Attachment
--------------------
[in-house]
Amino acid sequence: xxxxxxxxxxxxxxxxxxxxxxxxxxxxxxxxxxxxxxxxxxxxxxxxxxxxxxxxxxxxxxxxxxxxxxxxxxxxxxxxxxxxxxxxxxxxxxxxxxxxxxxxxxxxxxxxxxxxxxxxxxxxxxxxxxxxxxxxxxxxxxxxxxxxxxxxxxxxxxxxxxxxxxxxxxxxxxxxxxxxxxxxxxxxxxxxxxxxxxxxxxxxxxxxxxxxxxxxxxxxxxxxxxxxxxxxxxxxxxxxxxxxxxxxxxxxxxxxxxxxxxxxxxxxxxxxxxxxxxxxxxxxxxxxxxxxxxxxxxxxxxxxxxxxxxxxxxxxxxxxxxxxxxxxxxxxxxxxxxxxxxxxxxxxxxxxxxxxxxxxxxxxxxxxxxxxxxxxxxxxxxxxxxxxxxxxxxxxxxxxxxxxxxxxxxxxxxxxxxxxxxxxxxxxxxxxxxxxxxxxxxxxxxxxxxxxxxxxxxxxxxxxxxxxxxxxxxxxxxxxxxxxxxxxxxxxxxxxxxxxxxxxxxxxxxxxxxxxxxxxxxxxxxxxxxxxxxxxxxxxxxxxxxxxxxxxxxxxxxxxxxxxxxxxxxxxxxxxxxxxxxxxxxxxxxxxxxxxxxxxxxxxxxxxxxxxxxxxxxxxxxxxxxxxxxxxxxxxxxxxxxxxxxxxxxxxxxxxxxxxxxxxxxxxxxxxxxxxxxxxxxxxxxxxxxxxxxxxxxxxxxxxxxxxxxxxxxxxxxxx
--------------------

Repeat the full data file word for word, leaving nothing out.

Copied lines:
[in-house]
Amino acid sequence: xxxxxxxxxxxxxxxxxxxxxxxxxxxxxxxxxxxxxxxxxxxxxxxxxxxxxxxxxxxxxxxxxxxxxxxxxxxxxxxxxxxxxxxxxxxxxxxxxxxxxxxxxxxxxxxxxxxxxxxxxxxxxxxxxxxxxxxxxxxxxxxxxxxxxxxxxxxxxxxxxxxxxxxxxxxxxxxxxxxxxxxxxxxxxxxxxxxxxxxxxxxxxxxxxxxxxxxxxxxxxxxxxxxxxxxxxxxxxxxxxxxxxxxxxxxxxxxxxxxxxxxxxxxxxxxxxxxxxxxxxxxxxxxxxxxxxxxxxxxxxxxxxxxxxxxxxxxxxxxxxxxxxxxxxxxxxxxxxxxxxxxxxxxxxxxxxxxxxxxxxxxxxxxxxxxxxxxxxxxxxxxxxxxxxxxxxxxxxxxxxxxxxxxxxxxxxxxxxxxxxxxxxxxxxxxxxxxxxxxxxxxxxxxxxxxxxxxxxxxxxxxxxxxxxxxxxxxxxxxxxxxxxxxxxxxxxxxxxxxxxxxxxxxxxxxxxxxxxxxxxxxxxxxxxxxxxxxxxxxxxxxxxxxxxxxxxxxxxxxxxxxxxxxxxxxxxxxxxxxxxxxxxxxxxxxxxxxxxxxxxxxxxxxxxxxxxxxxxxxxxxxxxxxxxxxxxxxxxxxxxxxxxxxxxxxxxxxxxxxxxxxxxxxxxxxxxxxxxxxxxxxxxxxxxxxxxxxxxxxxxxxxxxxxxxxxxxxxxxxx